Wednesday, January 05, 2005

I've been in Israel for about a week and a half, and on this very rainy day I visited the Israel Museum with a friend. We went to the Shrine of the Book (dedicated, for the most part, to the Dead Sea Scrolls) and saw the Aleppo Codex - a very important 10th century codex of the entire Tanakh (although unfortunately some of it has been lost, including most of the Torah). It was quite moving to see this very finely written Bible that had been consulted by Maimonides when he wrote his own Torah scroll. I went through the Judaica section of the museum and visited the Cochin synagogue - an entire synagogue that was transported from Cochin, Kerala, India, and reconstructed inside the museum - very beautiful, with a particularly finely-carved Torah ark. I also walked through the historical section of the museum and saw some of my favorite exhibits, including several mosaics from synagogue floors (one, from a Samaritan synagogue, is the most detailed mosaic of a Torah ark that I've seen).

Before I went into the museum, however, I took a look at the demonstration across the street. The Knesset (Israel Parliament) and other government buildings are across the street from the museum, and in front of the Knesset, settlers and others opposed to the government's evacuation of Israeli settlements from the Gaza Street have set up protest tents. Hundreds of people arrived today from various settlements to protest the proposed evacuation, which is supposed to happen next summer. They put up signs with slogans like: "The transfer will not succeed," or "Jews don't expel Jews." (The term "transfer" is usually applied in Israeli politics to the idea of expelling all Arabs either from the state of Israel or from all of Palestine - it's politically provocative to use it to refer to the Israeli government uprooting Israeli settlements from the Gaza Strip or the West Bank). On the one hand, I can understand why people don't want to leave homes that they might have lived in for up to 30 years - but on the other hand, I don't think that there should be Israeli settlements in Gaza. If Israel completely withdraws from Gaza, it means that Israeli soldiers will no longer risk their lives defending the settlements.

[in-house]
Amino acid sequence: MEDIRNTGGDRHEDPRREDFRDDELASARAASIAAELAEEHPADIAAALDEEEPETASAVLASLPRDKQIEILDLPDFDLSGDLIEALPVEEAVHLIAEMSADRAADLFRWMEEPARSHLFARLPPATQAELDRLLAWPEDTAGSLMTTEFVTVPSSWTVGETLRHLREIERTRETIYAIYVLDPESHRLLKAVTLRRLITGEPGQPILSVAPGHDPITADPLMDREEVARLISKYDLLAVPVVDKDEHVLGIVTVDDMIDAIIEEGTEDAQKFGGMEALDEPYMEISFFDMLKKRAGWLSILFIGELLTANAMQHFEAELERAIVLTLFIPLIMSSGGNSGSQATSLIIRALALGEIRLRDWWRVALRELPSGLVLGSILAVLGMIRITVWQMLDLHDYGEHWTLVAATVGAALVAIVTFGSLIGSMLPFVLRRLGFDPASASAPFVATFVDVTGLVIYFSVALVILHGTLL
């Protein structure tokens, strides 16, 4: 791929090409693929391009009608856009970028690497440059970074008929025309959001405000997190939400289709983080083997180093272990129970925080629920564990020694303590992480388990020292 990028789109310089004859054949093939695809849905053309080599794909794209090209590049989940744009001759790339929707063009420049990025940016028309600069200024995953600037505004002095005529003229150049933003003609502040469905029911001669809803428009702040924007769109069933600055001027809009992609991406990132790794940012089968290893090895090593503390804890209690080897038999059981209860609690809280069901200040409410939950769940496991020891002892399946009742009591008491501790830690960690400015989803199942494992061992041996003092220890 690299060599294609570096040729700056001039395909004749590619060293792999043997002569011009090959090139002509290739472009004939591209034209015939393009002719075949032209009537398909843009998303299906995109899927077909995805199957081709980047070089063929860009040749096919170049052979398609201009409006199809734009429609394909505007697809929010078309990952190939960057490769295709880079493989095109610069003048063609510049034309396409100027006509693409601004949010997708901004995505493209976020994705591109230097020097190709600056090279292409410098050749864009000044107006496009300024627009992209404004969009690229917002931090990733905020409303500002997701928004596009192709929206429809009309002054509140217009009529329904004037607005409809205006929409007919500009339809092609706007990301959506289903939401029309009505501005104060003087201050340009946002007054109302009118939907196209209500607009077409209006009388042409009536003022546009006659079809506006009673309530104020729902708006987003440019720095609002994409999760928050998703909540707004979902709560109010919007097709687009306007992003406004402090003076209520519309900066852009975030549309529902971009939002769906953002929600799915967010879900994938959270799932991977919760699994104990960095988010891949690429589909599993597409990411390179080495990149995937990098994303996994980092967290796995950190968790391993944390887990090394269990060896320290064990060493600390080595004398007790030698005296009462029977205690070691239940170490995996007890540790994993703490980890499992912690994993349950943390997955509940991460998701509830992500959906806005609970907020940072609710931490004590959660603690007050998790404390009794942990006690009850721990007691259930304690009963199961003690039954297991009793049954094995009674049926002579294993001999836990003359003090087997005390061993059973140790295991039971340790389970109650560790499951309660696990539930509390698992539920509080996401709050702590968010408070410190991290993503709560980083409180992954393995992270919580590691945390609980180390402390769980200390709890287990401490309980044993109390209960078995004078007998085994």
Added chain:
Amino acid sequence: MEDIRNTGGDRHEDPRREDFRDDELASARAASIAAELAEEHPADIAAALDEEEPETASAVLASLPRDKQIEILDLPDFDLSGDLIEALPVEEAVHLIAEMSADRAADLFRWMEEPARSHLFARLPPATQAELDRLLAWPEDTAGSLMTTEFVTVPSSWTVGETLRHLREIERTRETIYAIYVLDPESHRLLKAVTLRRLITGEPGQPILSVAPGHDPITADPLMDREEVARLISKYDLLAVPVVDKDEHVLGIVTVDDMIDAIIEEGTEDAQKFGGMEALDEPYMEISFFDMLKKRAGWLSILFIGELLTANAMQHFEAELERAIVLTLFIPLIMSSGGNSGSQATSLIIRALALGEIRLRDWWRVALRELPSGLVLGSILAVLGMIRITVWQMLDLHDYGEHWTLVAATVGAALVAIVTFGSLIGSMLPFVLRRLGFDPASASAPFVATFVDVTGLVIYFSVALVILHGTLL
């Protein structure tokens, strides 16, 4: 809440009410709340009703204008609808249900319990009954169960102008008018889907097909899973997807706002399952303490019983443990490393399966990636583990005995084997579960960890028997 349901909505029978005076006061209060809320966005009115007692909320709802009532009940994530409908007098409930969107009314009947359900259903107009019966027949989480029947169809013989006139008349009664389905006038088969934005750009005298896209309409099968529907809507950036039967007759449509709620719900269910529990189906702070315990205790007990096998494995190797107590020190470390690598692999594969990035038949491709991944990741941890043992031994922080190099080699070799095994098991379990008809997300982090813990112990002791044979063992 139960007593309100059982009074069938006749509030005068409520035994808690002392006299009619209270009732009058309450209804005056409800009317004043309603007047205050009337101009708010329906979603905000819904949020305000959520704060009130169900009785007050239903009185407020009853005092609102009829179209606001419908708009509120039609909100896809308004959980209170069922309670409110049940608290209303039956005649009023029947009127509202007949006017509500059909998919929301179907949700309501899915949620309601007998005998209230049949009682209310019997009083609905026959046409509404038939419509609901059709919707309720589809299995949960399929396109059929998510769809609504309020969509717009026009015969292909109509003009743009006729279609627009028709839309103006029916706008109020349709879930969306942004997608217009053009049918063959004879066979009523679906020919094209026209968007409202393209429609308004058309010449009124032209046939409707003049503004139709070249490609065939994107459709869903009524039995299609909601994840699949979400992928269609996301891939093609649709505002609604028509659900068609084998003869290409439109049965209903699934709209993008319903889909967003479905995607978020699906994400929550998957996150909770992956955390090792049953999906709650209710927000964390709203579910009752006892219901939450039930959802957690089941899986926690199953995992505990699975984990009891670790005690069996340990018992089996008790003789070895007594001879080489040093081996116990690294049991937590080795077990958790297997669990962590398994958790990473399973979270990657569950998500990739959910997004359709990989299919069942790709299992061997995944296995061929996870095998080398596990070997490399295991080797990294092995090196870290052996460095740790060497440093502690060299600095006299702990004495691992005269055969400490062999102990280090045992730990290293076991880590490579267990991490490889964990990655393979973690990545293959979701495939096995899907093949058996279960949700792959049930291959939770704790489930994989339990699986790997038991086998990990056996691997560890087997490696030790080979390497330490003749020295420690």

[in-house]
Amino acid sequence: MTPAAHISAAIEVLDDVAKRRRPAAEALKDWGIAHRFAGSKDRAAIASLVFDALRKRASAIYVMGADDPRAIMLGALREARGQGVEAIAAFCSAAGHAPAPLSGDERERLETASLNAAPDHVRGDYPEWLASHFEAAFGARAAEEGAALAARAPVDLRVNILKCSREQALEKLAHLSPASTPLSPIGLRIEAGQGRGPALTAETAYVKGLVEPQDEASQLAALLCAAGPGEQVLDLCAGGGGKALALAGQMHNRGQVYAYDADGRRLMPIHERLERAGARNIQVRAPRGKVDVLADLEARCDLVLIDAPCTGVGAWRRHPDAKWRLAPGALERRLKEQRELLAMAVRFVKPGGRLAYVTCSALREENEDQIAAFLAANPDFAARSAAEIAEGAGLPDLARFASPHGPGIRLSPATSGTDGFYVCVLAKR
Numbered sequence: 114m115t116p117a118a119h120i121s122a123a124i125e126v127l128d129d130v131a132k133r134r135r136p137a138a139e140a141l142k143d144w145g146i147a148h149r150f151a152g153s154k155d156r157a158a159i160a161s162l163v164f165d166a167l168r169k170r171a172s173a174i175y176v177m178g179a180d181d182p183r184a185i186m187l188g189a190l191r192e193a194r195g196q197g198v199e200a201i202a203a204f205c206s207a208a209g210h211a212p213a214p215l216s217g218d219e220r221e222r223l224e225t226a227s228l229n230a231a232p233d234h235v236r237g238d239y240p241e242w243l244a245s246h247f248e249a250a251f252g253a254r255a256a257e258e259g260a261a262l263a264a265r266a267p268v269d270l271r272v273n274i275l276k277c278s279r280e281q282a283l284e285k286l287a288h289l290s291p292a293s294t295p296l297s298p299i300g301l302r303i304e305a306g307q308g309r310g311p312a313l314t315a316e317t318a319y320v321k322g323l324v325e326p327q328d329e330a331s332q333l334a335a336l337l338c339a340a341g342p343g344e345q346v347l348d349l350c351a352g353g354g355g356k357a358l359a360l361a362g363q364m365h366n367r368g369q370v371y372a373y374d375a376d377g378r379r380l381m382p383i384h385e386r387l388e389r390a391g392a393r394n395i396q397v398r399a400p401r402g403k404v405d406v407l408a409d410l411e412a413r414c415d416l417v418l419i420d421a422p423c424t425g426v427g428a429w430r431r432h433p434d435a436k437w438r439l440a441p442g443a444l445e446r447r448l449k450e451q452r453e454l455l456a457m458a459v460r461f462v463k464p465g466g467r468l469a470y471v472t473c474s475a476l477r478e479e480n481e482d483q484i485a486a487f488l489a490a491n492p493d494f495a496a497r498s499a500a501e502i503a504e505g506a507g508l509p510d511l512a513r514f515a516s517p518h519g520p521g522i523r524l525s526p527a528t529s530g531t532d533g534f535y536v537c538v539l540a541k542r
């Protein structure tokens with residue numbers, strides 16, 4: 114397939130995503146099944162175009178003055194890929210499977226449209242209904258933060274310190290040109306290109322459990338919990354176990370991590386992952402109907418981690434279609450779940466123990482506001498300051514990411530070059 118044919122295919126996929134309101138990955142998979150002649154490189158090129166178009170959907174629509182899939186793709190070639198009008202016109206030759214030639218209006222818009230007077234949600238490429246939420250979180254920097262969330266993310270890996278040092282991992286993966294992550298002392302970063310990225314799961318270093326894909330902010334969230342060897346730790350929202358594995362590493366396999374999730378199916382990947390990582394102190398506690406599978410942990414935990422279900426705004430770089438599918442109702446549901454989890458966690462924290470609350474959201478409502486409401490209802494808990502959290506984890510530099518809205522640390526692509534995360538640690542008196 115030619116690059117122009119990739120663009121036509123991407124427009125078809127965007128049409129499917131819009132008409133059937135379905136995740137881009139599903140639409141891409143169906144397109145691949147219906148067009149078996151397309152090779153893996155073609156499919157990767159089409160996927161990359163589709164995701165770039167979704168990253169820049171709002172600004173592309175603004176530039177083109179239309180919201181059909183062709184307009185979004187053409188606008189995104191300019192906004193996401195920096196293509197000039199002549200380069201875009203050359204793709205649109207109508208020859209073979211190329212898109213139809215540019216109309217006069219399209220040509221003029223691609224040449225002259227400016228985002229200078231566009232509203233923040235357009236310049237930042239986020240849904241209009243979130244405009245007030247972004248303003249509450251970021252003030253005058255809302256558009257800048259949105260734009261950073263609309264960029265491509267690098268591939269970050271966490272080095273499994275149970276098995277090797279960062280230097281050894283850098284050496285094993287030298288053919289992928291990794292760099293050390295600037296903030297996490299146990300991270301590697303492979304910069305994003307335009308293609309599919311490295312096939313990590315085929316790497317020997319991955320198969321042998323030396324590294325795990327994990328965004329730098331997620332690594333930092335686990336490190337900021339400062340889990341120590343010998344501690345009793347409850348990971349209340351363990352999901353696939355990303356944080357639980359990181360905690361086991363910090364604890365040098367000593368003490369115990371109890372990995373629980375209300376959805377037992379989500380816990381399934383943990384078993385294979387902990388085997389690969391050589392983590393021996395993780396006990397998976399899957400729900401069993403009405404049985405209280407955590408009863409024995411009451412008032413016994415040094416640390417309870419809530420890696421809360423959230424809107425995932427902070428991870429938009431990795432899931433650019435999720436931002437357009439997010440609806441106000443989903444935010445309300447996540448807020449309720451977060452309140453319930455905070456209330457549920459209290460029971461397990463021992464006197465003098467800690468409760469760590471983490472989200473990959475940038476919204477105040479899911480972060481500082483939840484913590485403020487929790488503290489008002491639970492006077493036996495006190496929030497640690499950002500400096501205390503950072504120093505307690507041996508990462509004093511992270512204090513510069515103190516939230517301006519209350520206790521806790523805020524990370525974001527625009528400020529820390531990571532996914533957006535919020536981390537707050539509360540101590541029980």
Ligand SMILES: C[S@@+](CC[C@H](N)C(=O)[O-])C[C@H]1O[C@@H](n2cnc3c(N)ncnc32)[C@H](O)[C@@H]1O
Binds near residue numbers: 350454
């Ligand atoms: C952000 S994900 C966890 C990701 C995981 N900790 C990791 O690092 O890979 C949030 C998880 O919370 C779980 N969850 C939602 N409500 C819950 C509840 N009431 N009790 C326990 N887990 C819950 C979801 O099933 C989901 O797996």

On Monday the Israeli army took down two caravans at a settlement on the West Bank, Yizhar, that had been put up without government approval. Many settlers from Yizhar opposed the soldiers and fought with them, but in the end the army brought in bulldozers and destroyed the caravans. Below is a photo from Yizhar. Such scenes when trying to remove only two caravans definitely raise the fear that the removal of settlements with 8,000 people living in them will bring pitched battles.

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